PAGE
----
to accord in rhyme or sound
to put into rhyme
to influence by rhyme
Etymology: [OE. ryme, rime, AS. rm number; akin to OHG. rm number, succession, series, G. reim rhyme. The modern sense is due to the influence of F. rime, which is of German origin, and originally the same word.]
A rhyme is a repetition of similar sounds in two or more words, most often at the end of lines in poems and songs. The word "rhyme" may also be used as a pars pro toto to refer to a short poem, such as a rhyming couplet or other brief rhyming poem such as nursery rhymes.
Chambers 20th Century Dictionary
Rime, rīm, n. the recurrence of similar sounds at certain intervals: (orig.) words arranged in numbers or verse: poetry: metre: a short poem.—v.i. to correspond in sound: to harmonise: to chime: to make rhymes or verses.—v.t. to put into rhyme.—adj. Rhyme′less, without rhyme or reason: without sound or sense: neither pleasant to the mind nor to the ear.—ns. Rhyme′-lett′er, the repeated letters in alliteration (q.v.); Rhy′mer, Rhy′mist, Rī′mist, an inferior poet: a minstrel; Rhyme′-roy′al (so called from its use by King James I. of Scotland in the King's Quair), a seven-line stanza borrowed by Chaucer from the French—its formula, a b a b b c c; Rhyme′ster, a poetaster: a would-be poet.—adjs. Rhy′mic, Rī′mic.—Feminine rhyme (see Feminine); Male, or Masculine, rhyme, a rhyme in which the accent and rhyme fall on the final syllable only.—Neither rhyme nor reason, without either sound or sense.—The Rhymer, Thomas the Rhymer, the earliest poet of Scotland (flor. 1286). [Properly rime (the hy being due to the influence of Rhythm)—A.S. rim, number, cog. with Old High Ger. rīm (Ger. reim).]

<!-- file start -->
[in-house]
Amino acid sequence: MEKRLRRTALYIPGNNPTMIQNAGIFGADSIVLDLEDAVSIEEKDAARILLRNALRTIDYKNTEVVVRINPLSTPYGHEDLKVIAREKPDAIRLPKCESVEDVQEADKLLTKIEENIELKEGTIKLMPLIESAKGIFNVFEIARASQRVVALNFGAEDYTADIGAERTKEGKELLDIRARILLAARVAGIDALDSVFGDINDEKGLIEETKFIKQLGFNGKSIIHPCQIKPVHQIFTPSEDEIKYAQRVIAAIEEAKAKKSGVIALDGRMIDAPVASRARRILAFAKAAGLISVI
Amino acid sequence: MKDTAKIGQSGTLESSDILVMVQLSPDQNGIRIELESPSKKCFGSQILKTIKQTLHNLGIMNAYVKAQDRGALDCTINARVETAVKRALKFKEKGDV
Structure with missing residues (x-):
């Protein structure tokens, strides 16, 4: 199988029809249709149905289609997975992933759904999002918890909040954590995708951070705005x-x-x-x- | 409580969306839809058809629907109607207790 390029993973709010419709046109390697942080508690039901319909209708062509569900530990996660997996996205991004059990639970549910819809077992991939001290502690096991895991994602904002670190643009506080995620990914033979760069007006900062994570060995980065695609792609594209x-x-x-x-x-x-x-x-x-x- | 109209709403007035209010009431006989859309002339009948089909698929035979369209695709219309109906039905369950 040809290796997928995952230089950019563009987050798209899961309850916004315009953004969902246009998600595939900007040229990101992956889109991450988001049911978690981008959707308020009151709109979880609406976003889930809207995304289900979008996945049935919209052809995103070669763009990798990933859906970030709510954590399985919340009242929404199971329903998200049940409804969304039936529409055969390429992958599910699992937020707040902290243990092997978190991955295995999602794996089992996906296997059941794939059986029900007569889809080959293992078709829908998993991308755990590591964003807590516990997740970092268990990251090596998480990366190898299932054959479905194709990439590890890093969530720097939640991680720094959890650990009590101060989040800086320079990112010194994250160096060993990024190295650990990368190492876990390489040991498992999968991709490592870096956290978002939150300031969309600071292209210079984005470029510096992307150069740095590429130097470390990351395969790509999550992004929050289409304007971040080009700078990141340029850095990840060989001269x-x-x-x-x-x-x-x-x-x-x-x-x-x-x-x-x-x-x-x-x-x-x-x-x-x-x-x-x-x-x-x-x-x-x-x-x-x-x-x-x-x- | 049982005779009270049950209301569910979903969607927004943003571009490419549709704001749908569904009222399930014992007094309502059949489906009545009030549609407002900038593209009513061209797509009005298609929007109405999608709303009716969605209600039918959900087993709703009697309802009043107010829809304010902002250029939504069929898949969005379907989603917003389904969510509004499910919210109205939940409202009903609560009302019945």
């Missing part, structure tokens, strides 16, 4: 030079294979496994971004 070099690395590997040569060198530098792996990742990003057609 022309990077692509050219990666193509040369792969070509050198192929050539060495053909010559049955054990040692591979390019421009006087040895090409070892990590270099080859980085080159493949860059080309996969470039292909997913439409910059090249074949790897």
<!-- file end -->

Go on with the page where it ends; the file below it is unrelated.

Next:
The numerical value of rhyme in Chaldean Numerology is: 8
The numerical value of rhyme in Pythagorean Numerology is: 6
Some excel in rhyme who reason foolishly.
It has been a nursery rhyme experience for sure, but more than likely without a fairy tale ending.
What we're challenging is the haphazard lack of legal procedure. There's no rhyme or reason to it.
A Haiku is just like a normal American poem except that it doesn't rhyme and it's totally stupid.
I'm tired of Love I'm still more tired of Rhyme. But Money gives me pleasure all the time.
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Translations for rhyme
From our Multilingual Translation Dictionary
- rimar, rimaCatalan, Valencian
- říkanka, rýmovat, rým, rýmovačkaCzech
- reimen, ReimGerman
- ομοιοκαταληκτώ, ομοιοκαταληξίαGreek
- rima, rimarSpanish
- riimi, riimitellä, rimmataFinnish
- vers, faire rimer, rimer, strophe, rimeFrench
- rímel, rímHungarian
- 詩, 押韻, 韻を踏む, 韻Japanese
- (op elkaar) rijmen, rijmen, versje, rijmwoord, rijm, rijmpje, versDutch
- rimar, rima, poesiaPortuguese
- rimă, versRomanian
- стихотворение, рифмоваться, стих, рифмовать, рифмаRussian
- srokovati, slikovati, slik, srokSerbo-Croatian
- uyak, kafiyeTurkish
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"rhyme." Definitions.net. STANDS4 LLC, 2023. Web. 1 Feb. 2023. <https://www.definitions.net/definition/rhyme>.